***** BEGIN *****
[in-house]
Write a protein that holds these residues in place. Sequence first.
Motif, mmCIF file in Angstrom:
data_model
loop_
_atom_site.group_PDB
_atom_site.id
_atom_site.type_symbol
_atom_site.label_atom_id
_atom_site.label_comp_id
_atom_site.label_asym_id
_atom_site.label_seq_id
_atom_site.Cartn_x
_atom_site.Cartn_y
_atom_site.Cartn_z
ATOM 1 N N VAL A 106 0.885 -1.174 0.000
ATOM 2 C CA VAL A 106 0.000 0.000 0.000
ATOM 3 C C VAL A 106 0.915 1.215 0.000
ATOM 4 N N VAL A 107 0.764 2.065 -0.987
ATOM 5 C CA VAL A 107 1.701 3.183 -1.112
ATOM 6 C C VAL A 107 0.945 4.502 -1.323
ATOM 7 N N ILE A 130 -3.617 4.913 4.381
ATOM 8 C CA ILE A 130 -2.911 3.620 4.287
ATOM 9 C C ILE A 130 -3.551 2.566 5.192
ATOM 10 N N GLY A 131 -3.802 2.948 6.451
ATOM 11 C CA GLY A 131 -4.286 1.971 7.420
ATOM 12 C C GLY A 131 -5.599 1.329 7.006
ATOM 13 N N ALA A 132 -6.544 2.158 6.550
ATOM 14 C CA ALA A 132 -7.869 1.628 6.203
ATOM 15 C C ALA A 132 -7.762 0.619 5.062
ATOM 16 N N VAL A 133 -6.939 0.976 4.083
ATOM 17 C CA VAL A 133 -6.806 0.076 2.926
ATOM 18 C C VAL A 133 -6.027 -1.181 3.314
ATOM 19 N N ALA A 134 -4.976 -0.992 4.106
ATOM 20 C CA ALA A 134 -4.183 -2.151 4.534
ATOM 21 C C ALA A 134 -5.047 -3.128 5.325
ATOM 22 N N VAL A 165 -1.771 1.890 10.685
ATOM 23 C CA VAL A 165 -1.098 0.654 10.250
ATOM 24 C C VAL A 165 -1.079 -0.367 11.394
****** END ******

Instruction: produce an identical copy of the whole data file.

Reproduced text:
[in-house]
Write a protein that holds these residues in place. Sequence first.
Motif, mmCIF file in Angstrom:
data_model
loop_
_atom_site.group_PDB
_atom_site.id
_atom_site.type_symbol
_atom_site.label_atom_id
_atom_site.label_comp_id
_atom_site.label_asym_id
_atom_site.label_seq_id
_atom_site.Cartn_x
_atom_site.Cartn_y
_atom_site.Cartn_z
ATOM 1 N N VAL A 106 0.885 -1.174 0.000
ATOM 2 C CA VAL A 106 0.000 0.000 0.000
ATOM 3 C C VAL A 106 0.915 1.215 0.000
ATOM 4 N N VAL A 107 0.764 2.065 -0.987
ATOM 5 C CA VAL A 107 1.701 3.183 -1.112
ATOM 6 C C VAL A 107 0.945 4.502 -1.323
ATOM 7 N N ILE A 130 -3.617 4.913 4.381
ATOM 8 C CA ILE A 130 -2.911 3.620 4.287
ATOM 9 C C ILE A 130 -3.551 2.566 5.192
ATOM 10 N N GLY A 131 -3.802 2.948 6.451
ATOM 11 C CA GLY A 131 -4.286 1.971 7.420
ATOM 12 C C GLY A 131 -5.599 1.329 7.006
ATOM 13 N N ALA A 132 -6.544 2.158 6.550
ATOM 14 C CA ALA A 132 -7.869 1.628 6.203
ATOM 15 C C ALA A 132 -7.762 0.619 5.062
ATOM 16 N N VAL A 133 -6.939 0.976 4.083
ATOM 17 C CA VAL A 133 -6.806 0.076 2.926
ATOM 18 C C VAL A 133 -6.027 -1.181 3.314
ATOM 19 N N ALA A 134 -4.976 -0.992 4.106
ATOM 20 C CA ALA A 134 -4.183 -2.151 4.534
ATOM 21 C C ALA A 134 -5.047 -3.128 5.325
ATOM 22 N N VAL A 165 -1.771 1.890 10.685
ATOM 23 C CA VAL A 165 -1.098 0.654 10.250
ATOM 24 C C VAL A 165 -1.079 -0.367 11.394